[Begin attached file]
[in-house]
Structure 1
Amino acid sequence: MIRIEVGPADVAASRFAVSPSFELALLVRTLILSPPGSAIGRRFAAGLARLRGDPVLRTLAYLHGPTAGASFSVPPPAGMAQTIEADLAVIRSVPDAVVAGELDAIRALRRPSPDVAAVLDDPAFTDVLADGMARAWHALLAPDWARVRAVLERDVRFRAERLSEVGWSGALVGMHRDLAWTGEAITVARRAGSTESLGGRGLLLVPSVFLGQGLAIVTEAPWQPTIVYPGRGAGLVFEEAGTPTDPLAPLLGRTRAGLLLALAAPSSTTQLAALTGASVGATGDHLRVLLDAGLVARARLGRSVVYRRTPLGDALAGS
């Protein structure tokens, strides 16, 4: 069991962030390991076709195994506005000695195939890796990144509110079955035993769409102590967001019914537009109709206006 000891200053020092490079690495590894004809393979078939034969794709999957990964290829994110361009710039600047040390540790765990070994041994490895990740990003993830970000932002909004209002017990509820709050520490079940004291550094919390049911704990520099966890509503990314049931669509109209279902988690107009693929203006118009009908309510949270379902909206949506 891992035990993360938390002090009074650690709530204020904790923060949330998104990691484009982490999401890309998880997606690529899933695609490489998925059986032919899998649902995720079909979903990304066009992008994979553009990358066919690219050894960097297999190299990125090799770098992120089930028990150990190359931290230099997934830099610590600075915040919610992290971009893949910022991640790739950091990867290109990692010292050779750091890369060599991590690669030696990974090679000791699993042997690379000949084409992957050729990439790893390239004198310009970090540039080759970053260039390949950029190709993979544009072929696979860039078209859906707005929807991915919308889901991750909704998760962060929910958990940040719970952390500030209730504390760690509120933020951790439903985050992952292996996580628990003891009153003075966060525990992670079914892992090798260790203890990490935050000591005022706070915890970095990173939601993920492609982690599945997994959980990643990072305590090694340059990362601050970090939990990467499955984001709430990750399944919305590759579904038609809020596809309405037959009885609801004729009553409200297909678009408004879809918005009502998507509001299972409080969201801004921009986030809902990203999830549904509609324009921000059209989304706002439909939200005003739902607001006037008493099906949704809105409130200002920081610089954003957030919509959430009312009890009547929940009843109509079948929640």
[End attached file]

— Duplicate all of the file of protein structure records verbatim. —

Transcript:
[in-house]
Structure 1
Amino acid sequence: MIRIEVGPADVAASRFAVSPSFELALLVRTLILSPPGSAIGRRFAAGLARLRGDPVLRTLAYLHGPTAGASFSVPPPAGMAQTIEADLAVIRSVPDAVVAGELDAIRALRRPSPDVAAVLDDPAFTDVLADGMARAWHALLAPDWARVRAVLERDVRFRAERLSEVGWSGALVGMHRDLAWTGEAITVARRAGSTESLGGRGLLLVPSVFLGQGLAIVTEAPWQPTIVYPGRGAGLVFEEAGTPTDPLAPLLGRTRAGLLLALAAPSSTTQLAALTGASVGATGDHLRVLLDAGLVARARLGRSVVYRRTPLGDALAGS
């Protein structure tokens, strides 16, 4: 069991962030390991076709195994506005000695195939890796990144509110079955035993769409102590967001019914537009109709206006 000891200053020092490079690495590894004809393979078939034969794709999957990964290829994110361009710039600047040390540790765990070994041994490895990740990003993830970000932002909004209002017990509820709050520490079940004291550094919390049911704990520099966890509503990314049931669509109209279902988690107009693929203006118009009908309510949270379902909206949506 891992035990993360938390002090009074650690709530204020904790923060949330998104990691484009982490999401890309998880997606690529899933695609490489998925059986032919899998649902995720079909979903990304066009992008994979553009990358066919690219050894960097297999190299990125090799770098992120089930028990150990190359931290230099997934830099610590600075915040919610992290971009893949910022991640790739950091990867290109990692010292050779750091890369060599991590690669030696990974090679000791699993042997690379000949084409992957050729990439790893390239004198310009970090540039080759970053260039390949950029190709993979544009072929696979860039078209859906707005929807991915919308889901991750909704998760962060929910958990940040719970952390500030209730504390760690509120933020951790439903985050992952292996996580628990003891009153003075966060525990992670079914892992090798260790203890990490935050000591005022706070915890970095990173939601993920492609982690599945997994959980990643990072305590090694340059990362601050970090939990990467499955984001709430990750399944919305590759579904038609809020596809309405037959009885609801004729009553409200297909678009408004879809918005009502998507509001299972409080969201801004921009986030809902990203999830549904509609324009921000059209989304706002439909939200005003739902607001006037008493099906949704809105409130200002920081610089954003957030919509959430009312009890009547929940009843109509079948929640």